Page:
New Bagle Worm Is Spreading Its Source Code

Broadly distributing the source code is like a parking attendant throwing keys to would-be joyriders.
Two new versions of the Bagle worm are loose, and some versions of the worms carry Bagle's unencrypted source code. Attaching the source code might be a way of confusing law-enforcement officers; if caught, the hacker could claim that he or she was victimized by the source-code-toting worm like everyone else with the code on their PCs.

Regardless, broadly distributing the source code is like a parking attendant throwing keys to would-be joyriders. With the source code in their hands, less-sophisticated hackers can do some damage without having to do all the work.

The new versions, and, rolled out over the weekend, and both are similar to earlier variants.

Bagle first hit the Internet in January and for weeks became a weapon in a tit-for-tat hacking squabble between the Netsky worm maker and the Bagle author. Bagle is a mass-mailing worm that spreads through E-mail and shared folders, including those used by popular peer-to-peer file-sharing networks such as Kazaa.

"I'd bet the [Bagle] author is putting down a smoke screen," says Joe Telafici, the director of operations for McAfee Inc.'s antivirus research team. Many people would have the source code on their computers, making it harder to finger the culprit.

A similar motive is thought to be behind the release of the Netsky source code in March, although that didn't save the alleged author from arrest in Germany several weeks later.

Whatever the motive, the Bagle author has made the source code available to "plenty of script kiddies," Telafici says. Script kiddies is a derogatory term for neophyte hackers who don't create original work.

Other worms have distributed source code, including February's Doomjuice, which sent out the source for the MyDoom worm. Almost immediately, additional MyDoom variants hit the Net.

Telafici expects the same to happen with Bagle. "Pretty quickly, we'll see trivial modifications of that source," he says, "with changes like new backdoor ports or backdoor passwords." Detecting these kinds of changes is comparatively easy.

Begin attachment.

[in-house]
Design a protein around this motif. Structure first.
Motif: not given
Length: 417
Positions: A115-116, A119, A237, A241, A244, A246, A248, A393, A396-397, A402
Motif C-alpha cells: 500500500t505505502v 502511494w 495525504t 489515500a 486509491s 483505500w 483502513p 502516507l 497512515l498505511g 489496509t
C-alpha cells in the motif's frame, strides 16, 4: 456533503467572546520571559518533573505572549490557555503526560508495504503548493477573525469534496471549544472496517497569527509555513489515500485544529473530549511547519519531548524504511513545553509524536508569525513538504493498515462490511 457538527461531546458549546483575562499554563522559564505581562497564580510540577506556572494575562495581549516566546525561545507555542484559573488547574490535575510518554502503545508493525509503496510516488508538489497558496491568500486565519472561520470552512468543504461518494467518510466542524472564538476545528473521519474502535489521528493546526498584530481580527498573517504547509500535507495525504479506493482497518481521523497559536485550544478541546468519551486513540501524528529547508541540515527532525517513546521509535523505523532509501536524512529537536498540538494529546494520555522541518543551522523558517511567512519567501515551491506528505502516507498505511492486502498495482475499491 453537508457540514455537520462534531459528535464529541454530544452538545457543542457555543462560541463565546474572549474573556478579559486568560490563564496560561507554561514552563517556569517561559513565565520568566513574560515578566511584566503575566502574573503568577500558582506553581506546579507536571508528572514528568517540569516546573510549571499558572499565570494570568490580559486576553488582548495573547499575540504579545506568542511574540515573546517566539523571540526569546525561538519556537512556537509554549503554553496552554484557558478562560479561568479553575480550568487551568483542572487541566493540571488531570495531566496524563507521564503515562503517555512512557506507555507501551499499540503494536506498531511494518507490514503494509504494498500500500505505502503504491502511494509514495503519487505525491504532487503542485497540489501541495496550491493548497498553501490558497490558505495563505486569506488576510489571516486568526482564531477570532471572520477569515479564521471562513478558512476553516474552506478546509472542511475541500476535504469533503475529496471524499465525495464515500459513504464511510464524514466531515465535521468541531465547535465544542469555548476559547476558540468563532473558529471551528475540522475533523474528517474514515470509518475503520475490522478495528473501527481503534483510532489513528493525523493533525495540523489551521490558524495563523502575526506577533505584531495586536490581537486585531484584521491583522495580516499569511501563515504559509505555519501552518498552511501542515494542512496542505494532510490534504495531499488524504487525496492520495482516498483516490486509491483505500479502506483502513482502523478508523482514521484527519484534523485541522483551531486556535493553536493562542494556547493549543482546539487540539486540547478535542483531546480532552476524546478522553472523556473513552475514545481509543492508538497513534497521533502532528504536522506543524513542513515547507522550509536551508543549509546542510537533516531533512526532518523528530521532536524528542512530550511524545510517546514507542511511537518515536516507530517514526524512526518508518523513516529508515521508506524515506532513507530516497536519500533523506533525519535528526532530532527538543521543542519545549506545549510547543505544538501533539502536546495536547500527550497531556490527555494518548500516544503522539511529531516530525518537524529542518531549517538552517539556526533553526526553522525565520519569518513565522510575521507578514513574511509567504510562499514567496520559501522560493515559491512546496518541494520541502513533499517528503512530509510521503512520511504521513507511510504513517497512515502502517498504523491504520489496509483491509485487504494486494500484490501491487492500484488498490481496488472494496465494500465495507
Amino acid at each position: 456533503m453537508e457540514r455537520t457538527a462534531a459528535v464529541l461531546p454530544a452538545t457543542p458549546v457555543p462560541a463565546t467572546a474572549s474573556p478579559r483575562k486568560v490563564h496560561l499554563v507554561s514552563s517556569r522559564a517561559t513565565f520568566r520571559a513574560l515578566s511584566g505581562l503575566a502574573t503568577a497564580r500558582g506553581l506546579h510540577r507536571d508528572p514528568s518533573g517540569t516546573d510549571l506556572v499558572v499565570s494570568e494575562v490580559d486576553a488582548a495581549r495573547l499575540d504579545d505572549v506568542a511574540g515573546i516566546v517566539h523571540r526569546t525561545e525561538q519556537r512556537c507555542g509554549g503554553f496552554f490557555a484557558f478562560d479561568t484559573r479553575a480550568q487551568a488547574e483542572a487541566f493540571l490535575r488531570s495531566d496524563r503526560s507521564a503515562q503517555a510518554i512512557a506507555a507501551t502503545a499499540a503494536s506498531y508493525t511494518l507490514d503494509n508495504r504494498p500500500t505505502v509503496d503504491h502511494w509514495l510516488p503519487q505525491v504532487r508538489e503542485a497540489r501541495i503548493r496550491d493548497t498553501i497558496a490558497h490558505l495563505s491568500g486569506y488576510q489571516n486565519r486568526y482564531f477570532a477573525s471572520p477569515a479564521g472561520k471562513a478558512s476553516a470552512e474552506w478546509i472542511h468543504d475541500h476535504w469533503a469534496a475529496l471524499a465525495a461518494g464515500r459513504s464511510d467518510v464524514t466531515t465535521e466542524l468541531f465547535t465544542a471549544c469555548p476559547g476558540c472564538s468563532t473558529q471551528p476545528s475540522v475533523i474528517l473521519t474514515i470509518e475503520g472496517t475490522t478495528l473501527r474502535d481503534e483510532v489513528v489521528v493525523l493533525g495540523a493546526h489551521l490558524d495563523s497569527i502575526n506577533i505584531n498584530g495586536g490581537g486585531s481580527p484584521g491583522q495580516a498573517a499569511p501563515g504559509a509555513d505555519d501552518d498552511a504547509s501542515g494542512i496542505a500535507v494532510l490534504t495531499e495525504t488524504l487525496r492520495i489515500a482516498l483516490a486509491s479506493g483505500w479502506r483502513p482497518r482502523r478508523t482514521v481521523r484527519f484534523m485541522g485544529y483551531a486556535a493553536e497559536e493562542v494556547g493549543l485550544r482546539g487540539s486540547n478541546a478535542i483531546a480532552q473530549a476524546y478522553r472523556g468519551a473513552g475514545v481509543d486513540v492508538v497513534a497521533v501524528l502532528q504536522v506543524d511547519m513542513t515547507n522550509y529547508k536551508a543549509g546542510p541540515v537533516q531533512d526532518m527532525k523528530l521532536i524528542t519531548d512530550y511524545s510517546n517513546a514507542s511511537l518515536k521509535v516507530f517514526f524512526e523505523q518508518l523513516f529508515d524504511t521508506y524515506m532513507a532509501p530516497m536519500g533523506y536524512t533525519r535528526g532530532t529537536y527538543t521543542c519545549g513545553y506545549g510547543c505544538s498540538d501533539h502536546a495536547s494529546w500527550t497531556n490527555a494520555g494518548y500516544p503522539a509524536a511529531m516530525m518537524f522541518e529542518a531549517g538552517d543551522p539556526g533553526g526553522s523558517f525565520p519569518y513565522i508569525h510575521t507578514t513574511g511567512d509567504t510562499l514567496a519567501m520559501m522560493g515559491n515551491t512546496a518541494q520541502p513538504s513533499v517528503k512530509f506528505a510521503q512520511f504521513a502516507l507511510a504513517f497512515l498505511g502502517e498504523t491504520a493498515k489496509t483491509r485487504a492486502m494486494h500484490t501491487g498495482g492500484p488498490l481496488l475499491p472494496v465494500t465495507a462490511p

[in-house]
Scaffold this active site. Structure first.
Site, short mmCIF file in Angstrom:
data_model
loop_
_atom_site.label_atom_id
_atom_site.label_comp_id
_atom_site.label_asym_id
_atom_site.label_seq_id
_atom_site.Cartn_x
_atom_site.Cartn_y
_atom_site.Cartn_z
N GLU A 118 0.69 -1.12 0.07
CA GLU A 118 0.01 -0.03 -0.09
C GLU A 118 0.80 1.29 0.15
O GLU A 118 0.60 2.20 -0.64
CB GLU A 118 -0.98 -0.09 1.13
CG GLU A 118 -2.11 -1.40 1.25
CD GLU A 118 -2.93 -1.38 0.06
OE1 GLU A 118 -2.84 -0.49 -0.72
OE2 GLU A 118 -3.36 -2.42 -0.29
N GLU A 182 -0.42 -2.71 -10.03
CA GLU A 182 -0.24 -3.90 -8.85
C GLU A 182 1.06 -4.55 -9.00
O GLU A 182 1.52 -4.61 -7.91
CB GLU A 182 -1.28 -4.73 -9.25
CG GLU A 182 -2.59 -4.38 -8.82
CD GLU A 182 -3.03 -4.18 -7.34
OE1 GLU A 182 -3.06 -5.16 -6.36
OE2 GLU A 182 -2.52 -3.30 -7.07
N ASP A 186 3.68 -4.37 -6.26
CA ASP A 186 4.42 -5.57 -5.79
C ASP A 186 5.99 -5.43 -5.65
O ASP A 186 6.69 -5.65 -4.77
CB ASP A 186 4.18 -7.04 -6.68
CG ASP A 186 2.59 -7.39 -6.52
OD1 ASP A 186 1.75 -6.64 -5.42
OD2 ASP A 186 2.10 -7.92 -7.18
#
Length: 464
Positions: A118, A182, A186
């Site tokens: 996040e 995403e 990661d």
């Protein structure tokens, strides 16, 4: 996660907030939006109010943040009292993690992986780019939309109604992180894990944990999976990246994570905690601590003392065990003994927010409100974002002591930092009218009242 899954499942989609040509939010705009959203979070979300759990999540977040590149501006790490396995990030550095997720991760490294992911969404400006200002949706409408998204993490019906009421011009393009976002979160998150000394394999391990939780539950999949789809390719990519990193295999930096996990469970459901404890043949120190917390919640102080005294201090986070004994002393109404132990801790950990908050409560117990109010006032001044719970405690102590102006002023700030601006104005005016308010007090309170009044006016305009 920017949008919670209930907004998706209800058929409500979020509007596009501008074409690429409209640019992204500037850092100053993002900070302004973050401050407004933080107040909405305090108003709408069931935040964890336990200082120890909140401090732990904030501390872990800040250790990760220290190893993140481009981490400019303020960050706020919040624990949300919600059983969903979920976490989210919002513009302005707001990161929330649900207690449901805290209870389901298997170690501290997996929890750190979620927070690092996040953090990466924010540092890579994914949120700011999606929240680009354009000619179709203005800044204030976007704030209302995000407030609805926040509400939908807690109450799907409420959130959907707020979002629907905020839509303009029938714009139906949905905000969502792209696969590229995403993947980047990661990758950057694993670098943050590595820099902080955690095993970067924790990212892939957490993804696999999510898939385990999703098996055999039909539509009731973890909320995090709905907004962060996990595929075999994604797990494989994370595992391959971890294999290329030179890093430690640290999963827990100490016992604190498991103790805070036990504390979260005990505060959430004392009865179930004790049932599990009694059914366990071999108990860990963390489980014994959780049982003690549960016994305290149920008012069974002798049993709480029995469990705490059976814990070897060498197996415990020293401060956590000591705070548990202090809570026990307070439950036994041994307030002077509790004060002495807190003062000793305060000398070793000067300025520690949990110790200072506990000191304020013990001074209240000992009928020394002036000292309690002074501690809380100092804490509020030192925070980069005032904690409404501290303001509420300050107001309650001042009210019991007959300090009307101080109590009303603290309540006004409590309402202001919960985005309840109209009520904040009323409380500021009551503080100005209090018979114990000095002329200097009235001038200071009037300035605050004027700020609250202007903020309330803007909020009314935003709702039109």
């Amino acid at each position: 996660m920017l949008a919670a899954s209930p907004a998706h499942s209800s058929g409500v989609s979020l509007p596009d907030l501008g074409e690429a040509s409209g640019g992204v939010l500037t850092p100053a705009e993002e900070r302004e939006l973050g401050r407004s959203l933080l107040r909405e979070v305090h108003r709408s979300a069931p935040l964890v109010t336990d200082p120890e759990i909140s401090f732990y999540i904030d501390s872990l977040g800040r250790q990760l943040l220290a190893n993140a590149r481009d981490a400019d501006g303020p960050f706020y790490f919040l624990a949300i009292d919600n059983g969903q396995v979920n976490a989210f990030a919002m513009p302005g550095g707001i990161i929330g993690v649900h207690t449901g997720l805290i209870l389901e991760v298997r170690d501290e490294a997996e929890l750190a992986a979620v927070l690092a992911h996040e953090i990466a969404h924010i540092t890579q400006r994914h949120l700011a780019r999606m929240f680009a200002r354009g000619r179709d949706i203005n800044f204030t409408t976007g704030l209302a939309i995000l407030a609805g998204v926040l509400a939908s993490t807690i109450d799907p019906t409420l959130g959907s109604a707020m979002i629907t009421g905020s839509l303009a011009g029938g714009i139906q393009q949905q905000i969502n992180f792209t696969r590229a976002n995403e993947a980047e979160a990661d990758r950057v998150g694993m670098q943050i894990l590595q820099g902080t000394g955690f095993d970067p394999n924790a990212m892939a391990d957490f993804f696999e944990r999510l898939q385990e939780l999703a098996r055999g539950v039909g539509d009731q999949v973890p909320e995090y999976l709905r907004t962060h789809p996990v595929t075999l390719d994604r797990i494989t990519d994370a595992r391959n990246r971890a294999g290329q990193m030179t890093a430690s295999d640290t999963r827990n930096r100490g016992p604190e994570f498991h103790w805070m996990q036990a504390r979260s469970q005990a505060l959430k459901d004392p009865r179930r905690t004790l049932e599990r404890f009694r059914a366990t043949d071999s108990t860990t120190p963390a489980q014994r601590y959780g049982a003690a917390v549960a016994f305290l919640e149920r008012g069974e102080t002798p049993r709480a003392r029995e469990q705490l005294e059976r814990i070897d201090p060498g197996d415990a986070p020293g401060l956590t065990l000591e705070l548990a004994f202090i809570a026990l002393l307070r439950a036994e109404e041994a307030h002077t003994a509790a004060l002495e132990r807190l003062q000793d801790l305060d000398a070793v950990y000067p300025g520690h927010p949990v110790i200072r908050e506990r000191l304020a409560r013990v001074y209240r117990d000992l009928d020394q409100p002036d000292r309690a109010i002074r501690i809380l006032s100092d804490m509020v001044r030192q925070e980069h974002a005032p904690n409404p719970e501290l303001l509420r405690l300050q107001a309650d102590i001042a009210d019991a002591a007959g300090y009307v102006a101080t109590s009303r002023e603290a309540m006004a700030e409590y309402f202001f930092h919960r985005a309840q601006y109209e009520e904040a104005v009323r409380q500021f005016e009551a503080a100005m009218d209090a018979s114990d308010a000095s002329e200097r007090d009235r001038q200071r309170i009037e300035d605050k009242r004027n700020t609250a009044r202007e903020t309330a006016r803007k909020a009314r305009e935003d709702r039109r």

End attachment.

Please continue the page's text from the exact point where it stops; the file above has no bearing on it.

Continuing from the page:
But "someone sharp will pick it up and do something not trivial," he says. Perhaps modifications that can make it difficult or impossible to catch without revising antivirus signatures, a time-intensive process.

Like most worms, Bagle hijacks E-mail addresses from infected machines to continue its spread and tries to terminate a host of antivirus and firewall software. It also opens a backdoor (port 1234 for both of the new Bagles, for instance) through which other code can be introduced in order to turn the PC into a spam proxy or a host for denial-of-service attacks.

But the worm has been quiet for more than two months. Was its creator on vacation?

Nope, Telafici says. Just lying low. "It's pretty normal for worm authors to take a hiatus in the wake of a major arrest. You'll typically see a quiet period for a couple of weeks or months." Telafici attributes the Bagle blackout to the high-profile arrest of a suspect in the Netsky affair.

For now, Bagle is back.

Editor's Choice
Samuel Greengard, Contributing Reporter
Cynthia Harvey, Freelance Journalist, InformationWeek
Carrie Pallardy, Contributing Reporter
John Edwards, Technology Journalist & Author
Astrid Gobardhan, Data Privacy Officer, VFS Global
Sara Peters, Editor-in-Chief, InformationWeek / Network Computing